Biblical Feminism in Nicaragua? -- By: Jo Anne Lyon
PP 4:1 (Winter 1990) p. 14
Biblical Feminism in Nicaragua?
Adjunct Professor, Asbury Theological Seminary
One of my objectives in visiting Central America—and particularly Nicaragua—was to attempt to see this tragedy through the eyes of women and children. Upon arriving at the Jarmie Mayer Study Center in Managua, my eyes caught the title of a book on a shelf in the entrance hall: Sandino’s Daughters by Margaret Randall. Having been acquainted with the author’s previous writings, I knew her book would provide me with a clear picture of the extensive involvement of women in the revolution (although I would need to work through her personal ideological bias).
In her account, I saw women from all socioeconomic and religious backgrounds united for one purpose: overthrow of the Somoza regime. The life stories were so engaging that I found myself reading late into the night, even following a full day of exploration in the Nicaraguan countryside. Later, these stories gave insight into the words of Anna Maria Carnoles who, when asked what she wanted most for her two-week-old daughter, quickly responded, “I want her to know mat she is a child of Sandino, and I want her to grow up to know all about the revolution.” A further question concerning church revealed she had been a faithful Roman Catholic but now viewed the church as an oppressor.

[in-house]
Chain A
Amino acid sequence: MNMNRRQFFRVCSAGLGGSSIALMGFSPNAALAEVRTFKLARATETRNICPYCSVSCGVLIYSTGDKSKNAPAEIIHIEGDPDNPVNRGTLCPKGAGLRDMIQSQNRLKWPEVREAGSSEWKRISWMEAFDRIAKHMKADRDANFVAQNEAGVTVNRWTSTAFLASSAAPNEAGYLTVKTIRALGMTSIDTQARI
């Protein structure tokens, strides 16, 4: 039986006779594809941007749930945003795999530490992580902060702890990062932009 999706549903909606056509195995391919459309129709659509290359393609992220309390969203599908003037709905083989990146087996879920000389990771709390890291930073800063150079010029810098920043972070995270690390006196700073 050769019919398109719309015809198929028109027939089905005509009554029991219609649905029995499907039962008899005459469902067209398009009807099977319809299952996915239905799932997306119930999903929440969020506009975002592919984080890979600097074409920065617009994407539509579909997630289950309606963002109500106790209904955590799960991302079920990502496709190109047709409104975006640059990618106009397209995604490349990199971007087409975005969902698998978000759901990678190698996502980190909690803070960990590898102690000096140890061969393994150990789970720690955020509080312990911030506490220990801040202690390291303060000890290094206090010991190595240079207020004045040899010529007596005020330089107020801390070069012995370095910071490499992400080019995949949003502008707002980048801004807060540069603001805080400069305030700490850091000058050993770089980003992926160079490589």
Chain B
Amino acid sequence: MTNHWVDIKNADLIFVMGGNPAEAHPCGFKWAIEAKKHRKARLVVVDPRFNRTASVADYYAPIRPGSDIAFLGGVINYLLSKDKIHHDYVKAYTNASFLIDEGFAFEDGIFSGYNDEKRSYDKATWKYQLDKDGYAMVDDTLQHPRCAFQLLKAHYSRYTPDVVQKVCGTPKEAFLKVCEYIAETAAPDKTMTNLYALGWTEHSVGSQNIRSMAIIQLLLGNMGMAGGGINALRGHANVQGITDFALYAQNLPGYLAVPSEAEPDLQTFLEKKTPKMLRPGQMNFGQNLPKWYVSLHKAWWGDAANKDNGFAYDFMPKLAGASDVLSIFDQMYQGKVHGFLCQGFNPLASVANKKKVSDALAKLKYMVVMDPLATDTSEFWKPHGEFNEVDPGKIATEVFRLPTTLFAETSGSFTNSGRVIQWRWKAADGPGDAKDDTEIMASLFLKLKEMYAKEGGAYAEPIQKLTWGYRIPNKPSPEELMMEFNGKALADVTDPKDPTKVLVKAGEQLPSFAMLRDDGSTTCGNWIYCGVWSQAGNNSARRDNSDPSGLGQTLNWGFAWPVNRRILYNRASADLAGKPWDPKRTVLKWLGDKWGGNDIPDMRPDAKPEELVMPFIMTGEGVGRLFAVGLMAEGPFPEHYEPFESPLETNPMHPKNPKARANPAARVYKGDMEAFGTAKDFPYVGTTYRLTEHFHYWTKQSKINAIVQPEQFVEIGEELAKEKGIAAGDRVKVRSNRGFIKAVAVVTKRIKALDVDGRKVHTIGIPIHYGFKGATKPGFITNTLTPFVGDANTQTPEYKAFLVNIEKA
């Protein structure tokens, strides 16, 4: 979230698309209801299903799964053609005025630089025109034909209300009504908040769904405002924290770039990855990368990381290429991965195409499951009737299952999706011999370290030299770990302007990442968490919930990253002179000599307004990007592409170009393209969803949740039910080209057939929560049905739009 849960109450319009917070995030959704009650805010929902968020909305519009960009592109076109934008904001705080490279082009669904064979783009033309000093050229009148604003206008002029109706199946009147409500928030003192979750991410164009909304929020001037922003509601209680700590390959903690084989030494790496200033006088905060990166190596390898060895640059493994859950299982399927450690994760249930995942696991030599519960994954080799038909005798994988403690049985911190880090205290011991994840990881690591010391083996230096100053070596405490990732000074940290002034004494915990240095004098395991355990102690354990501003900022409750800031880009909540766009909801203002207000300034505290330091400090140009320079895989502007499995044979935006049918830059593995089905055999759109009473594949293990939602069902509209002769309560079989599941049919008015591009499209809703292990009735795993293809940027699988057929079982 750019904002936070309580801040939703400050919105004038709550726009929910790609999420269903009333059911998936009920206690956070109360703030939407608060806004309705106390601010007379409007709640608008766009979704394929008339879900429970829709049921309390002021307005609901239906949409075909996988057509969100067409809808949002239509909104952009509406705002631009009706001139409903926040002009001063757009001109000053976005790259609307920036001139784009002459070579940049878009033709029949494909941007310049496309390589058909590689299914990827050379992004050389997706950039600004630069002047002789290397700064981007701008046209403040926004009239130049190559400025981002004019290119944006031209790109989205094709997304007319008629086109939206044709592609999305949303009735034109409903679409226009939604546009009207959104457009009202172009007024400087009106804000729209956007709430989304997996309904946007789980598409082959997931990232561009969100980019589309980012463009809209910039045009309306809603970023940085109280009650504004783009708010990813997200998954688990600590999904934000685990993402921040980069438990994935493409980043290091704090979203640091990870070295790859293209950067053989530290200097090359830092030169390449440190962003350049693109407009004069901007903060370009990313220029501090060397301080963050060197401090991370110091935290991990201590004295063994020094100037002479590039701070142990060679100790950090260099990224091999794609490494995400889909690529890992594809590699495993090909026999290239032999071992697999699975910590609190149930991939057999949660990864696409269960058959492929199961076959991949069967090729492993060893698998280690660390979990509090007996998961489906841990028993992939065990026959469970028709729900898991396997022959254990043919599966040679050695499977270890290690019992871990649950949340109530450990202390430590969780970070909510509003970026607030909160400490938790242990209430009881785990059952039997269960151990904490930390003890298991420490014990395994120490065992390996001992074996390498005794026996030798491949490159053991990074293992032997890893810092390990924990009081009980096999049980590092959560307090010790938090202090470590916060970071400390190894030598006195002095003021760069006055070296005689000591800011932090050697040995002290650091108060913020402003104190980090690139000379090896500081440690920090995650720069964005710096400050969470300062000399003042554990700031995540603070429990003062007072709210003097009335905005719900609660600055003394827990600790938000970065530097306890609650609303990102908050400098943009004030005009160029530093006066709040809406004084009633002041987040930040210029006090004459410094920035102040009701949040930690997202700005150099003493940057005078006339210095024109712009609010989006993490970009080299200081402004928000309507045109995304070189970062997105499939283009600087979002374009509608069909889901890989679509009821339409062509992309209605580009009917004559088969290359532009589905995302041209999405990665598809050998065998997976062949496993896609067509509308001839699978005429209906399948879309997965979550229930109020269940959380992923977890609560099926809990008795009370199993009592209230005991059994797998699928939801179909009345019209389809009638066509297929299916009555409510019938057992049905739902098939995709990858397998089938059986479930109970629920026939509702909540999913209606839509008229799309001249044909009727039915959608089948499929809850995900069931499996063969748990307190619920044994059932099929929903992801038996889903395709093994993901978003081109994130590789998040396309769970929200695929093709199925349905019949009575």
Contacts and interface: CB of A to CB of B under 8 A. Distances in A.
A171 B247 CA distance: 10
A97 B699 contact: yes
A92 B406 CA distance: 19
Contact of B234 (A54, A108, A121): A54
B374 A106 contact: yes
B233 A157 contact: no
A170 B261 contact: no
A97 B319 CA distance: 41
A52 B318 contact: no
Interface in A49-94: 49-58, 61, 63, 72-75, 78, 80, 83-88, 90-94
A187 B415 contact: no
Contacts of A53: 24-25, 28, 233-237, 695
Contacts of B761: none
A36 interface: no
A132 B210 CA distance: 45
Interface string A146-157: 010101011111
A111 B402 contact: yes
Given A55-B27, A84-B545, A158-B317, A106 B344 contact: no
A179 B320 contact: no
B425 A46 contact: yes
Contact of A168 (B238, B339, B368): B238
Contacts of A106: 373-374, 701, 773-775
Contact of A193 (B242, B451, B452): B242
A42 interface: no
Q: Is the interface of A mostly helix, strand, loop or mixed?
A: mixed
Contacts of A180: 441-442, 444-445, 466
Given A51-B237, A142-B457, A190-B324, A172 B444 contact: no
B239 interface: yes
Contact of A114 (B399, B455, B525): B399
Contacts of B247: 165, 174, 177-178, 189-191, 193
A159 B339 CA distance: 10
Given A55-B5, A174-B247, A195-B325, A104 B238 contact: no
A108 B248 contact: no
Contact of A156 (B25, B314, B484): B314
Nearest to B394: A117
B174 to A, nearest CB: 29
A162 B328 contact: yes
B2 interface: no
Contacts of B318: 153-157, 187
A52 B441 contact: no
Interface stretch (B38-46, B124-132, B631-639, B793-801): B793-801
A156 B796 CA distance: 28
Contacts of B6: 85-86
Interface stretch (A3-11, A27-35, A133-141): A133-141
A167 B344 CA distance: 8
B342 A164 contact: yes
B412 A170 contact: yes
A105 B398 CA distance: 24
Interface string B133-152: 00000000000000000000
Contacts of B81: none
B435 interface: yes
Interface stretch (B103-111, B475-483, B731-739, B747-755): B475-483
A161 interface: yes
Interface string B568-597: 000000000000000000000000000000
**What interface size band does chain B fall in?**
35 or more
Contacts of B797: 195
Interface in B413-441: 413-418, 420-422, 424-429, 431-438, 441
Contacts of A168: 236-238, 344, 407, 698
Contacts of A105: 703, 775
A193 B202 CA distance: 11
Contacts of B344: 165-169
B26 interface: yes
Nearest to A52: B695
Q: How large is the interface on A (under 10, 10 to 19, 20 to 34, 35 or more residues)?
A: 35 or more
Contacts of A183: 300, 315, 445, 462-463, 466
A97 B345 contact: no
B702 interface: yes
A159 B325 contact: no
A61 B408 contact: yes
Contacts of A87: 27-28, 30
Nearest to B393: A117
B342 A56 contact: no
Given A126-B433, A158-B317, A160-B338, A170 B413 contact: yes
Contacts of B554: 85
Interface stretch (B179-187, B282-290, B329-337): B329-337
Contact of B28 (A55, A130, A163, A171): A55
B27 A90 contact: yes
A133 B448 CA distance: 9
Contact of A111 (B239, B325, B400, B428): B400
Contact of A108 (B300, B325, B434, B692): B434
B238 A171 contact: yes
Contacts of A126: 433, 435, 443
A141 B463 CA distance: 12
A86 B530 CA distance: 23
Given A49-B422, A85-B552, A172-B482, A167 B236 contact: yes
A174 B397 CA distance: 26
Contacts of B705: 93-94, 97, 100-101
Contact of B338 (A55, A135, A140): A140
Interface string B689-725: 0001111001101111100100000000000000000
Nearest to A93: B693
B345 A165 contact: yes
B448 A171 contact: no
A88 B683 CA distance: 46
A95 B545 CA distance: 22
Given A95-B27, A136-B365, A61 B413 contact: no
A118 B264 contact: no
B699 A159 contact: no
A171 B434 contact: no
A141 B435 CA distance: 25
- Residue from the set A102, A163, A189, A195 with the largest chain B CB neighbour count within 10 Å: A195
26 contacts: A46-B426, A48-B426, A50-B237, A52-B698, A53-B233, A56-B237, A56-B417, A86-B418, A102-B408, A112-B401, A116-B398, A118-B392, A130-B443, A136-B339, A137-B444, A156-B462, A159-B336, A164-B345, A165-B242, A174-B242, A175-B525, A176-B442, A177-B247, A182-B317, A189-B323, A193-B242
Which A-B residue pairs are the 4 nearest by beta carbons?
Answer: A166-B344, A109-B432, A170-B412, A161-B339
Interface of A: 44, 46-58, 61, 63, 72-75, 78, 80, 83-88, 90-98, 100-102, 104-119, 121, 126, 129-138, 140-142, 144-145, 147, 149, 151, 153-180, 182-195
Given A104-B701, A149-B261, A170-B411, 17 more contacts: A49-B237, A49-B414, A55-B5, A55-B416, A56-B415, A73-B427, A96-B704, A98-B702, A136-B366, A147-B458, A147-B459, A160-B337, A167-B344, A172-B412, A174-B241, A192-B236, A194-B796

Later that day, a lunch conversation with Rosario, a Health Department official, revealed further conflict. She articulated many of the strides in recent years made by and for women. In their own caucuses, women helped write the post-revolution constitution, which includes statutory equality with men and the right to own property, adopt children, take three months’ maternity leave, earn equal pay, and keep their own checkbooks. One special law even forbids the use of women as sex objects in advertisements.
Were these laws actually enacted and enforced? Rosario answered from her personal life experience. “I am a single parent with three children,” she stated. “My ex-husband is a professor at the university. He believed in the right of women in his head but he couldn’t work it out at home.”
I searched for a response from an evangelical believer. “Maybe these issues aren’t important to them,” I mused. “Perhaps they will be reactionary to the radical feminist and strongly hold to a hierarchical position.” My thoughts rolled on restlessly.
The next afternoon, Rev. Miriam Escorcia quietly entered the dining room. Rev. Escorcia is an
PP 4:1 (Winter 1990) p. 15
ordained Assembly of God pastor and the general coordinator of pastoral work with women for CEPAD, the Nicaraguan Christian ...
Click here to subscribe